PRINCE GEORGE, B.C. – The B.C. Wildfire Service is working to accommodate farmers in the B.C. Peace with the burning of residual crops.

The B.C. Wildfire Service issued a burning ban across B.C. earlier this month. The Wildfire Service says there are a significant number of grain crops in the Peace region that were not harvested in 2019 due to excess field moisture and snow.

The exemptions for opening burning are only open to Peace region grain an oilseed producers that are producing a food crop in 2020 and follow the process outlined below:

  1. If salvage value exists, combining the crop will be the first option.
  2. If salvage potential is low, and equipment and time allow, discing plant fibre into the soil and allowing for the breakdown of residual material can create an appropriate seed bed.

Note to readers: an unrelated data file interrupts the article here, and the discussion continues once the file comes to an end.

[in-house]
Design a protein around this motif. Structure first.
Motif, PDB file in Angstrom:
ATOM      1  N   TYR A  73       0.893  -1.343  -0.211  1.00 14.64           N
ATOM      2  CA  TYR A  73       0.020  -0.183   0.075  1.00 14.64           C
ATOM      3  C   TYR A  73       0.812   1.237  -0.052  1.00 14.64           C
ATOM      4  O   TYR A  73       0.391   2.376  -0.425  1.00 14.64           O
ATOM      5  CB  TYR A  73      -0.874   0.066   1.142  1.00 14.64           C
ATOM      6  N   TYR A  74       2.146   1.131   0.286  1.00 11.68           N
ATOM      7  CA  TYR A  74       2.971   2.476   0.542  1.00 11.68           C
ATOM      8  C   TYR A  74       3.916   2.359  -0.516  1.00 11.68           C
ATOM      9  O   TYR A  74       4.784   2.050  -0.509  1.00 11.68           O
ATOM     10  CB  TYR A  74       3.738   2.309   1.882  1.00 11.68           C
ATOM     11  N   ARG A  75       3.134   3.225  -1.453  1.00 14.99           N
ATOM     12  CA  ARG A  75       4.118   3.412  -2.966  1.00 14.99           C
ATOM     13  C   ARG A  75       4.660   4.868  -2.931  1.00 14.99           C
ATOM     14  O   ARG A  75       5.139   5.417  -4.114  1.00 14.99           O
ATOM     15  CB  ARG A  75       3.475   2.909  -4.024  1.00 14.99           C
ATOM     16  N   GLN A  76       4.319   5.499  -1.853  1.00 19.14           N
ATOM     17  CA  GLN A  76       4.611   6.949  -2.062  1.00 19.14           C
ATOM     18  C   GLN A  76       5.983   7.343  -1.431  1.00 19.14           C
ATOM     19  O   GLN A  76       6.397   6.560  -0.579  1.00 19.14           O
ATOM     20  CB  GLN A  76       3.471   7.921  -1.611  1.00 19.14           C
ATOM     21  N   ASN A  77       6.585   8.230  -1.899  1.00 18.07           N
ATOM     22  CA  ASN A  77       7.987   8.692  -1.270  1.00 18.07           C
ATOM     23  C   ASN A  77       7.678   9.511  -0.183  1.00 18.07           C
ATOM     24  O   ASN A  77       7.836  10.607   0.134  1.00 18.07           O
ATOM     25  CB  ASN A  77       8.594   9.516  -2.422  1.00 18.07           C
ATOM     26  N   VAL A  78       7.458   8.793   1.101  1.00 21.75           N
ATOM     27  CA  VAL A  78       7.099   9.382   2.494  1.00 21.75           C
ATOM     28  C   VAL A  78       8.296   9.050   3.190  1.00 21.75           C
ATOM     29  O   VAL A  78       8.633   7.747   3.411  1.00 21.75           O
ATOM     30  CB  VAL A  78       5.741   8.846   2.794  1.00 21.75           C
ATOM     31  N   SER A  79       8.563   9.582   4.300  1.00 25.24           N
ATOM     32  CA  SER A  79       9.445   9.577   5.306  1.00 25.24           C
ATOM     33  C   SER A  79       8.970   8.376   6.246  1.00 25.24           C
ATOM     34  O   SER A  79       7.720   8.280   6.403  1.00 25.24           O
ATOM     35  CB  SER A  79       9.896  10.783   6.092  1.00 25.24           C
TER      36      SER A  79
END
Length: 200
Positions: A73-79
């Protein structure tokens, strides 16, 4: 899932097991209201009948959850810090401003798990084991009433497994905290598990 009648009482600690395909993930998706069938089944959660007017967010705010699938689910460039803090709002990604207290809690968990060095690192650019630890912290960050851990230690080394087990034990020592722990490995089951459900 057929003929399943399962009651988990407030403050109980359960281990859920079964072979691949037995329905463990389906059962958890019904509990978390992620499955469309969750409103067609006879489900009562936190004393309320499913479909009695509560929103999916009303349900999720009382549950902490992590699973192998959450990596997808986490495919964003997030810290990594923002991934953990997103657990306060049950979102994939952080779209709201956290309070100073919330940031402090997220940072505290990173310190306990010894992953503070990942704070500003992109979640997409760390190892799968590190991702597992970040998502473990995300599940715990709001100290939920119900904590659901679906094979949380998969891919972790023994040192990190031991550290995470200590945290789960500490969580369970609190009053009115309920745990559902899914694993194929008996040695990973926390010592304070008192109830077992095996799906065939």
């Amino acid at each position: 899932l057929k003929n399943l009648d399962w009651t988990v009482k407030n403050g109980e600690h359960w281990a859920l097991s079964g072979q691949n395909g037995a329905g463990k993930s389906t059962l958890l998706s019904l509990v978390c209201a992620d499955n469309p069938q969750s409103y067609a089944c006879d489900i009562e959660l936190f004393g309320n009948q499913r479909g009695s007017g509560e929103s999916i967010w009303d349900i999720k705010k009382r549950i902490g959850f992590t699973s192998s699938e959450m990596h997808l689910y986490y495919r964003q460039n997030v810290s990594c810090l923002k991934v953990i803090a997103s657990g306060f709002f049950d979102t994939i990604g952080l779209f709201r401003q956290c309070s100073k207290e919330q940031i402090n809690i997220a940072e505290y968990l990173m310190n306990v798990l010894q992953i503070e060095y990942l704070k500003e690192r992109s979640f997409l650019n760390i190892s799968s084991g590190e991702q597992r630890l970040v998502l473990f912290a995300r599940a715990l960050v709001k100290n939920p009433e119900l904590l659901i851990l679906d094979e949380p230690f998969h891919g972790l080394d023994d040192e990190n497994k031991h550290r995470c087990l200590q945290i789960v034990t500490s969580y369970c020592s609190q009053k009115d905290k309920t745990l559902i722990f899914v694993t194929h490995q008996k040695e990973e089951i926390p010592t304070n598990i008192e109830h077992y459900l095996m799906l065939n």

3. The final option is open burning to remove all stubble and allow for an ideal seed bed.

The Wildfire Service says the burning of crops should be used as the last option. If a farmer wants to burn excess crops, you can apply for an exemption letter and burn registration number. You must receive the letter and burn the registration number before burning can start.

 The application process can be sought from the Ministry of Agriculture office in Fort St. John or through the B.C. Grain Producers Association.

Crop residue burning is exempt from the Open Burning Smoke Control Regulation (OBSCR). However, agriculture producers who are burning diseased vegetation should contact ministry staff at

Additional information about diseased vegetation burning is available from the Ministry of Environment and Climate Change Strategy.

To report a wildfire, unattended campfire or open burning violation, please call 1 800 663-5555 toll-free or *5555 on a cell phone. For the latest information on current wildfire activity and burning restrictions, visit: